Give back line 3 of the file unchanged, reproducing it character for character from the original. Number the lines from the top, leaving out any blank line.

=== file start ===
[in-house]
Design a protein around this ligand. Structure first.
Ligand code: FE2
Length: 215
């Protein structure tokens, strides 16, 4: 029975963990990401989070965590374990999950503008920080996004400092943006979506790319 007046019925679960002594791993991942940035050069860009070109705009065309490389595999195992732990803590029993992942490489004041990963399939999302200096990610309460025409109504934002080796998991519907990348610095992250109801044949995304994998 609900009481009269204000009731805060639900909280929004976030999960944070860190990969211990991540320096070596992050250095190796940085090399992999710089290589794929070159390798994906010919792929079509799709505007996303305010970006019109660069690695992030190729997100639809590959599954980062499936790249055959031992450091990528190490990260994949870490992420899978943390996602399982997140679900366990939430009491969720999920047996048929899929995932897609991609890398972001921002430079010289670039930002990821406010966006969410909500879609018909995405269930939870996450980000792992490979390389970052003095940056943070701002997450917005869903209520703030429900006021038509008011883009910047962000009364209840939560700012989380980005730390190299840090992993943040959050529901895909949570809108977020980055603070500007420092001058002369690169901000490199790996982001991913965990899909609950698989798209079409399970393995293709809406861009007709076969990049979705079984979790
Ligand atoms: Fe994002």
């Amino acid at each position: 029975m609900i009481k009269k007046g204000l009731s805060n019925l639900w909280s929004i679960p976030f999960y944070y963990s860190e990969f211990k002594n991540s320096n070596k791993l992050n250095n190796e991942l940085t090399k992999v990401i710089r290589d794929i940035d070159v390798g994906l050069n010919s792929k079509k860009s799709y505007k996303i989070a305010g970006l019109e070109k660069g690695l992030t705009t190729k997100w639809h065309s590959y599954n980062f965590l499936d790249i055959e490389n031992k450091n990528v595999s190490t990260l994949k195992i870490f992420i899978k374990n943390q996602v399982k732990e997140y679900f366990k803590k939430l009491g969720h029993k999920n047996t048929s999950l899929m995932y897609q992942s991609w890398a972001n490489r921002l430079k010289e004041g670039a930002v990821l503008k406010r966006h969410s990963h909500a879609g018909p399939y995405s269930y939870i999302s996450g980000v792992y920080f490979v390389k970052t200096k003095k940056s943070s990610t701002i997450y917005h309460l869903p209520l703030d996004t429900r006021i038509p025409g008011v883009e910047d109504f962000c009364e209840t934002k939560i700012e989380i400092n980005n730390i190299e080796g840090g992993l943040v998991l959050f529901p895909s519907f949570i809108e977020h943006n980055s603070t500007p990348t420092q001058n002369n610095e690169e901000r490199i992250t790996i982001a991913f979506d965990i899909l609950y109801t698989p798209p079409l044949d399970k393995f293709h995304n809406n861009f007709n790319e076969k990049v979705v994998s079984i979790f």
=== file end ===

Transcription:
Ligand code: FE2